Young's ouster brings distress to community A 'lesson' to officials or 'vigilante' action?

Senate Expels Young

January 17, 1998|By Craig Timberg and Robert Guy Matthews | Craig Timberg and Robert Guy Matthews,SUN STAFF Sun staff writers Jonathan Weisman, Brenda J. Buote and Stacey P. Patton contributed to this article.

Baltimoreans greeted the news of Larry Young's expulsion from the state Senate yesterday with more sadness than anger, more weariness than surprise. And many wondered whether his transgressions point to broader ethical troubles among legislators.

"I regret that he, it appears, has been guilty of the 11th Commandment -- the sin of getting caught," said Rev. Marion C. Bascom, retired minister of Douglas Memorial Community Church in West Baltimore.

"At the same time, I am confident that this will be a lesson to all elected officials that they must clean up their act."

Many made similar comments yesterday after the Senate voted 36-10, with one member abstaining, to expel Young for having used his public office for private gain, including collecting thousands of dollars in consulting fees as well as a $24,800 Lincoln Town Car.

Young's supporters acknowledged some ethical shortcomings yesterday but vowed to check the backgrounds of all the senators who voted against him.

"By no means is he an angel," said Rev. John L. Wright, president of the United Baptist Missionary Convention of Maryland. "He's a person who like all of us made mistakes."

But Wright also called yesterday's expulsion too severe and too swift a punishment, comparing it to a "lynching" by "vigilantes." Callers made similar comments on WOLB, a Baltimore radio station that airs a Young radio talk show and has a largely African-American audience.

"The lynching is over and everybody's scrambling away from the tree," said one caller. "This is a clear example of the white power structure knocking you down when you get too uppity."

But such rhetoric was rebuked by Kweisi Mfume, president of the National Association for the Advancement of Colored People and a former congressman whose district overlapped the West Baltimore Senate district Young represented.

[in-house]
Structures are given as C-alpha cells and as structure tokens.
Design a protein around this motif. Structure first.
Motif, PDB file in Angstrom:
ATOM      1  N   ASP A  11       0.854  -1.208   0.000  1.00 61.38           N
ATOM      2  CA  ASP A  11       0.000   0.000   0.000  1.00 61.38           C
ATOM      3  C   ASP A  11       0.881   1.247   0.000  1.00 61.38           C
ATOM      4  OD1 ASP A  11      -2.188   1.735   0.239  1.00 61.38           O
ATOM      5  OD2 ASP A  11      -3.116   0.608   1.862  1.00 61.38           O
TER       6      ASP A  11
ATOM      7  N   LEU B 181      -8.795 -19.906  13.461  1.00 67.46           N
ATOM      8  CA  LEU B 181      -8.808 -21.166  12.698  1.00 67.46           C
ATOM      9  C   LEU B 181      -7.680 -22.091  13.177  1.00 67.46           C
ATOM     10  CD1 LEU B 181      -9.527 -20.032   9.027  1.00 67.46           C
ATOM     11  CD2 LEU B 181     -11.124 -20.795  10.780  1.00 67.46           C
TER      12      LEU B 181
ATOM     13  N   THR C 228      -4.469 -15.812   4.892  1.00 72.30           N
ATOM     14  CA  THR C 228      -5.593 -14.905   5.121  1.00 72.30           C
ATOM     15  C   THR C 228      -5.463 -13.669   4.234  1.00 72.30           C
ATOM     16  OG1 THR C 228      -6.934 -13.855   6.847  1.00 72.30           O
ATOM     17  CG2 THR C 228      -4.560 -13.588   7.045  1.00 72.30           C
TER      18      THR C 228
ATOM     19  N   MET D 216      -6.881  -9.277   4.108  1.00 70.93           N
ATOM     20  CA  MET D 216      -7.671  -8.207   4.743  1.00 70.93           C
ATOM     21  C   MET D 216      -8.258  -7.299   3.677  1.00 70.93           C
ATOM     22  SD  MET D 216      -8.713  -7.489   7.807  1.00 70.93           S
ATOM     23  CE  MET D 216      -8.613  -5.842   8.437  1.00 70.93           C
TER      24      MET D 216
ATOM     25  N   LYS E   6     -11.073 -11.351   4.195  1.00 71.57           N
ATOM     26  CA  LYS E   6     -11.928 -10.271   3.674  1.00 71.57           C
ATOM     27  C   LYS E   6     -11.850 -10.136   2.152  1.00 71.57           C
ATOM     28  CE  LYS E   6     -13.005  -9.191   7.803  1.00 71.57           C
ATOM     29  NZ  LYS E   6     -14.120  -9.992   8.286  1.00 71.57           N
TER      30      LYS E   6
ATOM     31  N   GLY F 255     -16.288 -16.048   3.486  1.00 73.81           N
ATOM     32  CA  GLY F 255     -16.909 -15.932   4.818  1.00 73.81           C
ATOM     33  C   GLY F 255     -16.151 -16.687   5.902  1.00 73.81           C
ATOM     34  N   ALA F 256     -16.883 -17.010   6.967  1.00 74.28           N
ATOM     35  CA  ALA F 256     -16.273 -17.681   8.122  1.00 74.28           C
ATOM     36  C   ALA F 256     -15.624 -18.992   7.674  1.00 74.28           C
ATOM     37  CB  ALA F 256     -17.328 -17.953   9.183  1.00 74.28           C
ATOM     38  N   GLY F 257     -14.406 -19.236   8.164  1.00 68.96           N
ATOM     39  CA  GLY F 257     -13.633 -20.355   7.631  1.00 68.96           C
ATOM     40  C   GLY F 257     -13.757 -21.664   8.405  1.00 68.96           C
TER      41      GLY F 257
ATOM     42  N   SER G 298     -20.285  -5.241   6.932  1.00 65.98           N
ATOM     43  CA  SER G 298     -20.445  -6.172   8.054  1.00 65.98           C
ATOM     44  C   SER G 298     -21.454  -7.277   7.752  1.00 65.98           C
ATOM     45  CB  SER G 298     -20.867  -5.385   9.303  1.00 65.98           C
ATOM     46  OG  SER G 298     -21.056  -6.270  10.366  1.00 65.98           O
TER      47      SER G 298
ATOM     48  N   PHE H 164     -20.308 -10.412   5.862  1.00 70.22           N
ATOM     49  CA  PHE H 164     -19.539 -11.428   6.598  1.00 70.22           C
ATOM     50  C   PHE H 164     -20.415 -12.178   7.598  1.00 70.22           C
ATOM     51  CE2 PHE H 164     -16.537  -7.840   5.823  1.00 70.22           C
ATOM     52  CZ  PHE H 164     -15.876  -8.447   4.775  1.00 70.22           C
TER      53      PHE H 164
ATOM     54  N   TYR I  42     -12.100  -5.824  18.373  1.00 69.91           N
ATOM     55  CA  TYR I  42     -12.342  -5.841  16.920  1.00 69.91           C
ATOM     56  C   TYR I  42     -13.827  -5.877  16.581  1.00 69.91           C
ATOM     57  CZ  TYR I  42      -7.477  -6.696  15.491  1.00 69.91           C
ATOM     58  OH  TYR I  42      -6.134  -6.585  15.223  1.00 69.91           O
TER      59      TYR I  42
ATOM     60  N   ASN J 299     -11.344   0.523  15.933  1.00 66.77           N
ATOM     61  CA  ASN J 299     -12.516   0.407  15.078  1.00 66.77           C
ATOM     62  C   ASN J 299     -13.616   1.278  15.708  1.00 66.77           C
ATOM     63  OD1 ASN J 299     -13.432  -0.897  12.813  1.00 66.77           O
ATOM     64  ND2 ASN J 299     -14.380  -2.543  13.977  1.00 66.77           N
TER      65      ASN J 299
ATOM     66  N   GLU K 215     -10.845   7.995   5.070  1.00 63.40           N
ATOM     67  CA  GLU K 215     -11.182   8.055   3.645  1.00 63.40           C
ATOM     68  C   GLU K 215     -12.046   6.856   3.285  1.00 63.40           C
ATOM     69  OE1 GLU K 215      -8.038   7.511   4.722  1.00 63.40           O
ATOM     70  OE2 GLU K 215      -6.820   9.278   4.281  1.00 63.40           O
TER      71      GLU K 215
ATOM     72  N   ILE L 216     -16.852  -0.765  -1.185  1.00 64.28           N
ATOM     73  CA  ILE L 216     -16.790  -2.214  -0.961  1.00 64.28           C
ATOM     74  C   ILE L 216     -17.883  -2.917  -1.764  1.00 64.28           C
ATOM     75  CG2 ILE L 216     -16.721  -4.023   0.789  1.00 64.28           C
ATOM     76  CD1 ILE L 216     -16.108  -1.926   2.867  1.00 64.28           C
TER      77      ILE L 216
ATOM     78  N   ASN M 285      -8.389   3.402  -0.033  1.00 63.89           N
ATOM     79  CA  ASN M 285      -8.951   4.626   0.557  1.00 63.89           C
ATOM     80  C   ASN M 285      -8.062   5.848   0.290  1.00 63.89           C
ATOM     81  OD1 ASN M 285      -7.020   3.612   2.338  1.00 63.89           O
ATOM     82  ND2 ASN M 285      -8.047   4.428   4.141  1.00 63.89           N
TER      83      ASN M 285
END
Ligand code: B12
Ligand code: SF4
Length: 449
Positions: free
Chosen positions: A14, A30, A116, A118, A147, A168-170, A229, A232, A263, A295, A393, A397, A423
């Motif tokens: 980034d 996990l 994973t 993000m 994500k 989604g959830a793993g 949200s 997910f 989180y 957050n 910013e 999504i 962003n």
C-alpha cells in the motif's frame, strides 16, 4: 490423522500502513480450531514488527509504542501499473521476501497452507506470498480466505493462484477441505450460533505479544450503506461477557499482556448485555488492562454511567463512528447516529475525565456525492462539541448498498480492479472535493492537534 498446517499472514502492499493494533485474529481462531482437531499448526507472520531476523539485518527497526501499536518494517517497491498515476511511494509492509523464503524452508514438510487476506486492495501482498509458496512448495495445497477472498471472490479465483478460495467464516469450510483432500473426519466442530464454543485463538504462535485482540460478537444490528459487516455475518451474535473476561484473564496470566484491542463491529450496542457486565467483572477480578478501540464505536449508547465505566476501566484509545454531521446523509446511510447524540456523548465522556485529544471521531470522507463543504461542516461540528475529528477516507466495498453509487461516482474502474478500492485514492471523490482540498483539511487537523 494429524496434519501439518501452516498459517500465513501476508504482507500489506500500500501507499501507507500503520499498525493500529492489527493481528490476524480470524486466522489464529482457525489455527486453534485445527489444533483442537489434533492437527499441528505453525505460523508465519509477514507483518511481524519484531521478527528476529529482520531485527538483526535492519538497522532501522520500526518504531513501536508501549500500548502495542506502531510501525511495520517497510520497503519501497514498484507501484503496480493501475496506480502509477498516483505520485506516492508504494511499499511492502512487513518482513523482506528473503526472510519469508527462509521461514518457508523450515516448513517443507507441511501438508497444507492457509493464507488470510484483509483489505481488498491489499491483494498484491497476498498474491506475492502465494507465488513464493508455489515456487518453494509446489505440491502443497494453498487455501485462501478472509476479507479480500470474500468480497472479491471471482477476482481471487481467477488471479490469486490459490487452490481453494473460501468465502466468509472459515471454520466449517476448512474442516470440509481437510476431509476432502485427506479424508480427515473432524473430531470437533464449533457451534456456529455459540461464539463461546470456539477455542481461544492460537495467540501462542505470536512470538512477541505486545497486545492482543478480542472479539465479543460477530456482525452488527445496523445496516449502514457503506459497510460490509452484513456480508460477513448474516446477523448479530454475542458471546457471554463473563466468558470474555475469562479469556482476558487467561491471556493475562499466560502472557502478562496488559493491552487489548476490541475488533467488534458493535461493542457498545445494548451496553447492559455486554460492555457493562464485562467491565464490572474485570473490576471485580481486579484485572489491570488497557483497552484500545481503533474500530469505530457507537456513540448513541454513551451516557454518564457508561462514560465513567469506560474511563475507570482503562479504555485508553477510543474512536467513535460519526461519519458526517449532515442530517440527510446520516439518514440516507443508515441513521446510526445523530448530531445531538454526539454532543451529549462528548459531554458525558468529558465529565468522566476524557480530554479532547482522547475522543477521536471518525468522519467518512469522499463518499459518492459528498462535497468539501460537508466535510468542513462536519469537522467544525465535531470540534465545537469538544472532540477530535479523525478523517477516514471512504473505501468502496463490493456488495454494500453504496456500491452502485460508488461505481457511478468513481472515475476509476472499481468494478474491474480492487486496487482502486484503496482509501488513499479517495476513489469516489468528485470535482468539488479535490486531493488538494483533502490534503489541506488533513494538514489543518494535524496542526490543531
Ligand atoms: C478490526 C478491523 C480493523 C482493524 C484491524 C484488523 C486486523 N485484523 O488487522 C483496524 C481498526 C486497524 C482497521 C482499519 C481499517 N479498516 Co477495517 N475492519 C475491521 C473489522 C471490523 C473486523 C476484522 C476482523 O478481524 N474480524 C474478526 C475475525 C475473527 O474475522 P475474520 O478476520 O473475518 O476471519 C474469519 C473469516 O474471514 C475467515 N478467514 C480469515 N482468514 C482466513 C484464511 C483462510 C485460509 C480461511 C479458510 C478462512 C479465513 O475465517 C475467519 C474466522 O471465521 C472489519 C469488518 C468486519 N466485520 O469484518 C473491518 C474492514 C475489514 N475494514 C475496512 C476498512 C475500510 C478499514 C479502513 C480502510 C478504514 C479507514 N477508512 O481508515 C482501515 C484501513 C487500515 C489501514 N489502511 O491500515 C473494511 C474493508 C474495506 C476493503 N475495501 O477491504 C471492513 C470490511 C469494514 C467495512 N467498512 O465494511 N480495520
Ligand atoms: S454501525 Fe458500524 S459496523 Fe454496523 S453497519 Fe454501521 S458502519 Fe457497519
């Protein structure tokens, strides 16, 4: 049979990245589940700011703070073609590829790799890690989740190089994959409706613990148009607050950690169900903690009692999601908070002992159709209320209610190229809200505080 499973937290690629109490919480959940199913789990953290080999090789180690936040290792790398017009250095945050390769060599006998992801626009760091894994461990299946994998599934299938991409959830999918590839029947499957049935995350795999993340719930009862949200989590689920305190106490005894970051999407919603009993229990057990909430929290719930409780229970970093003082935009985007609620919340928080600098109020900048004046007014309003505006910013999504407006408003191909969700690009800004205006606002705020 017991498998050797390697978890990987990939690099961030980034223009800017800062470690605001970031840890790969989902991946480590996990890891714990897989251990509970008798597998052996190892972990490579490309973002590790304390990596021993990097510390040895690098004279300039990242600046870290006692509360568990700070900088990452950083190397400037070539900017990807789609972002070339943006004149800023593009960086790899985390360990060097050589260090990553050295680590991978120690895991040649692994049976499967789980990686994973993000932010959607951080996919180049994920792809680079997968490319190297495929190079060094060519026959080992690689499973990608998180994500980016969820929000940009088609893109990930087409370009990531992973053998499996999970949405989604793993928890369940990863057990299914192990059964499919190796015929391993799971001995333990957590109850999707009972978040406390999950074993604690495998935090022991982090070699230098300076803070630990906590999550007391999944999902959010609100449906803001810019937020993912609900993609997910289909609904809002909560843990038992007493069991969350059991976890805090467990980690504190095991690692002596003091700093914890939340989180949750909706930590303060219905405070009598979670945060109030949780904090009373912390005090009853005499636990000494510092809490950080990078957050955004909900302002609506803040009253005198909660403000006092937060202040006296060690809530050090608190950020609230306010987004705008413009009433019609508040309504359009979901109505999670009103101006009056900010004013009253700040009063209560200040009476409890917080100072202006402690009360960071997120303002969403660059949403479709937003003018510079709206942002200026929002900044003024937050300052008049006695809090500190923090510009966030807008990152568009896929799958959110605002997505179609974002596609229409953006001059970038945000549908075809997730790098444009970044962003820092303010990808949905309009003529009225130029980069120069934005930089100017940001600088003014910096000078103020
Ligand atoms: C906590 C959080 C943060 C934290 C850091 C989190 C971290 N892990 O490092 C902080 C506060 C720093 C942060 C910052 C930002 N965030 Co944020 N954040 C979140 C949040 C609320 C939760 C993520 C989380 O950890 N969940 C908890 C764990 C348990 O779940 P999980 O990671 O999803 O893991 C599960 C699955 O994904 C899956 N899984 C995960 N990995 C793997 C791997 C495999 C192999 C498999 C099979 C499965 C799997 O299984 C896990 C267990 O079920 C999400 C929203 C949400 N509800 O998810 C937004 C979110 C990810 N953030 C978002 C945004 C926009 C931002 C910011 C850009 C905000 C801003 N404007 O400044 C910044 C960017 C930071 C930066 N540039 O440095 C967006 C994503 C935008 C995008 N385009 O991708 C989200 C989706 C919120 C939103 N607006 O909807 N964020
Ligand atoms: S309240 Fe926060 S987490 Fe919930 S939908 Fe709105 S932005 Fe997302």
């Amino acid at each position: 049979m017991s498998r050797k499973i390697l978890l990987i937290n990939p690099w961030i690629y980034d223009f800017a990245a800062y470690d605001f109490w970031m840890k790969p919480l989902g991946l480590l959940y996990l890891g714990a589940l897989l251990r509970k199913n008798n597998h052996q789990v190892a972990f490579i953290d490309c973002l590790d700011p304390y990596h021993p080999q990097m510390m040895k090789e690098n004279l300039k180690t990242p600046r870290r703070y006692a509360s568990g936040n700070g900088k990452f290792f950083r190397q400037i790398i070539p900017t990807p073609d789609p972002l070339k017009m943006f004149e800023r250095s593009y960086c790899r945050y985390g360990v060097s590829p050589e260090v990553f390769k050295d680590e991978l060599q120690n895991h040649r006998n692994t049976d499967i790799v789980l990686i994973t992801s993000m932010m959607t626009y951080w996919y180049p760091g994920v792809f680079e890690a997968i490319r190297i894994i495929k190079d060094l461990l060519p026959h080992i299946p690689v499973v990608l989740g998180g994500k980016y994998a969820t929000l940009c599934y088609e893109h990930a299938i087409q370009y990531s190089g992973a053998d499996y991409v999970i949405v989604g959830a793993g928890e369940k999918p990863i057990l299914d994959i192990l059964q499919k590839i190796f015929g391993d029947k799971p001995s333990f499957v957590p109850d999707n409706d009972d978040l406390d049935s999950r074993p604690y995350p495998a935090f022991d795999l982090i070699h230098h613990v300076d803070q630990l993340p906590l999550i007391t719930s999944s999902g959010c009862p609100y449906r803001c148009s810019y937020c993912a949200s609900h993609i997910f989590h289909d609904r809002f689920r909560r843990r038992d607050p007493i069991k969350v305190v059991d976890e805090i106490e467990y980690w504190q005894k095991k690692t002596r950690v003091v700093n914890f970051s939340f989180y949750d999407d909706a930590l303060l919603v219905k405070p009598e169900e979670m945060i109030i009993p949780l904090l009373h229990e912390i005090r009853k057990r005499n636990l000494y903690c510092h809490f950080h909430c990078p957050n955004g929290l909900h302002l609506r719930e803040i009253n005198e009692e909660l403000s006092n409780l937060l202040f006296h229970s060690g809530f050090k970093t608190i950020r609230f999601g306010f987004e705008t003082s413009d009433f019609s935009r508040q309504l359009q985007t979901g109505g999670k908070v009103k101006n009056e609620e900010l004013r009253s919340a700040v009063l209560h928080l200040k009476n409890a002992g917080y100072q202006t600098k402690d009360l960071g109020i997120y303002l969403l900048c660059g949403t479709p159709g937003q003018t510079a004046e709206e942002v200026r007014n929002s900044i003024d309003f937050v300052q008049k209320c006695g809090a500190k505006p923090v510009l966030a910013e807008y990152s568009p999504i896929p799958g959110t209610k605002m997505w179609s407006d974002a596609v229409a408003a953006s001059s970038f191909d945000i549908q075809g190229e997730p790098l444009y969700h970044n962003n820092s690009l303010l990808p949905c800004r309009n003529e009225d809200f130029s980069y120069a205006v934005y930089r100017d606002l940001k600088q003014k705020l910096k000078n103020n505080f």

"By using the nomenclature of race rhetoric to suggest that this is solely a racial issue, a great dishonor has been brought to bear on the process and a great disservice has been perpetuated on the citizens of Baltimore," said Mfume in a prepared statement.

Some in Young's West Baltimore district took yesterday's vote as a call to action. A rally is scheduled for Monday. Supporters also plan new voter-registration drives.

"Now that the Senate has spoken, it is time for the people of Baltimore to speak," said community activist Ruth Ann Davis.

"And I think that the people want Larry Young back. We want him to continue doing good for not just black people but all people."

But away from Young's West Baltimore stronghold -- where he has nurtured community support for decades -- reaction to yesterday's expulsion was more varied.

"I feel Larry should have resigned to save the community at large the pain of what took place in the General Assembly at Annapolis," said Rev. Anthony Johnson, vice president of Clergy United for the Renewal of East Baltimore.

Larry Shugarman, an activist in the Pimlico neighborhood, said, "Since he did wrong, he should take the consequences."

Many also doubted that Young was targeted because he's black.

"I'm just very suspect when the race card is drawn all the time. I don't feel like it's racial," said Karen Evans of the Northwest Baltimore Corp. "There have been enough Caucasian politicians that have been prosecuted and gone to jail that you can't say it's racism."

Young's expertise in the health care field won him both praise and a powerful chairmanship overseeing such issues. Senate leaders stripped him of that chairmanship Wednesday, after the ethics committee reported abuses.

Yesterday, William L. Jews, chief executive officer of Blue Cross Blue Shield of Maryland, praised Young's work on health care issues.

"Without question, the senator was extraordinarily knowledgeable and capable and provided a balanced perspective of health care issues," Jews said. "He was a powerful advocate for health care. Filling his shoes will be extremely difficult."

Community leaders also worried about Baltimore's power in the legislature now that Young, a 24-year veteran who has had chairmanships in both the House of Delegates and the Senate, is gone.

"It's sad when anything like this happens," said Judy Fritsche of the Harbel Community Organization in Northeast Baltimore. "And does affect the whole city."

Jean Yarborough, president of the Park Heights Networking Community Council, said a city struggling to burnish its image and attract new businesses can ill afford the publicity of the Young scandal.

"Those people who are in politics have a hard enough job," she said. "Baltimore is fighting for its life right now. To see us fight our own politicians, that's not the message we should be sending."

Pub Date: 1/17/98

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